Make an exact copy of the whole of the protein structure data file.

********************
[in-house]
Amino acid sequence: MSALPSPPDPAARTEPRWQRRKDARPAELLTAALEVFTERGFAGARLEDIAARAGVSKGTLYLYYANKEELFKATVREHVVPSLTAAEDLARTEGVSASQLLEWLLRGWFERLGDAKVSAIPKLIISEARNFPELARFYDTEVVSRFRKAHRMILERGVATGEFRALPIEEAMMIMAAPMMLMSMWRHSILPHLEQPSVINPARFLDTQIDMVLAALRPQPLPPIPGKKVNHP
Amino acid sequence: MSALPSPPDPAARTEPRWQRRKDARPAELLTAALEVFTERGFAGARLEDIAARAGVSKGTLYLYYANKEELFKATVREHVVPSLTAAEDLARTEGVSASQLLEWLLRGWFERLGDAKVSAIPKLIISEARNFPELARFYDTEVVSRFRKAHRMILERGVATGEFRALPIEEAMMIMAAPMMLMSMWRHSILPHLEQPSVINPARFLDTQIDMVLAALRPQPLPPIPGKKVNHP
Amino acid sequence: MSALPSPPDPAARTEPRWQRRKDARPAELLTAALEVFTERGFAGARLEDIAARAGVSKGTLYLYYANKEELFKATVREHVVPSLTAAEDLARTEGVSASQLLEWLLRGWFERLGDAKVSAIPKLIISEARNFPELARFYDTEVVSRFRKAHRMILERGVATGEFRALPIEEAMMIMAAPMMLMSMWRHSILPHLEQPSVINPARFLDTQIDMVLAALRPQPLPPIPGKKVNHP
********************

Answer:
[in-house]
Amino acid sequence: MSALPSPPDPAARTEPRWQRRKDARPAELLTAALEVFTERGFAGARLEDIAARAGVSKGTLYLYYANKEELFKATVREHVVPSLTAAEDLARTEGVSASQLLEWLLRGWFERLGDAKVSAIPKLIISEARNFPELARFYDTEVVSRFRKAHRMILERGVATGEFRALPIEEAMMIMAAPMMLMSMWRHSILPHLEQPSVINPARFLDTQIDMVLAALRPQPLPPIPGKKVNHP
Amino acid sequence: MSALPSPPDPAARTEPRWQRRKDARPAELLTAALEVFTERGFAGARLEDIAARAGVSKGTLYLYYANKEELFKATVREHVVPSLTAAEDLARTEGVSASQLLEWLLRGWFERLGDAKVSAIPKLIISEARNFPELARFYDTEVVSRFRKAHRMILERGVATGEFRALPIEEAMMIMAAPMMLMSMWRHSILPHLEQPSVINPARFLDTQIDMVLAALRPQPLPPIPGKKVNHP
Amino acid sequence: MSALPSPPDPAARTEPRWQRRKDARPAELLTAALEVFTERGFAGARLEDIAARAGVSKGTLYLYYANKEELFKATVREHVVPSLTAAEDLARTEGVSASQLLEWLLRGWFERLGDAKVSAIPKLIISEARNFPELARFYDTEVVSRFRKAHRMILERGVATGEFRALPIEEAMMIMAAPMMLMSMWRHSILPHLEQPSVINPARFLDTQIDMVLAALRPQPLPPIPGKKVNHP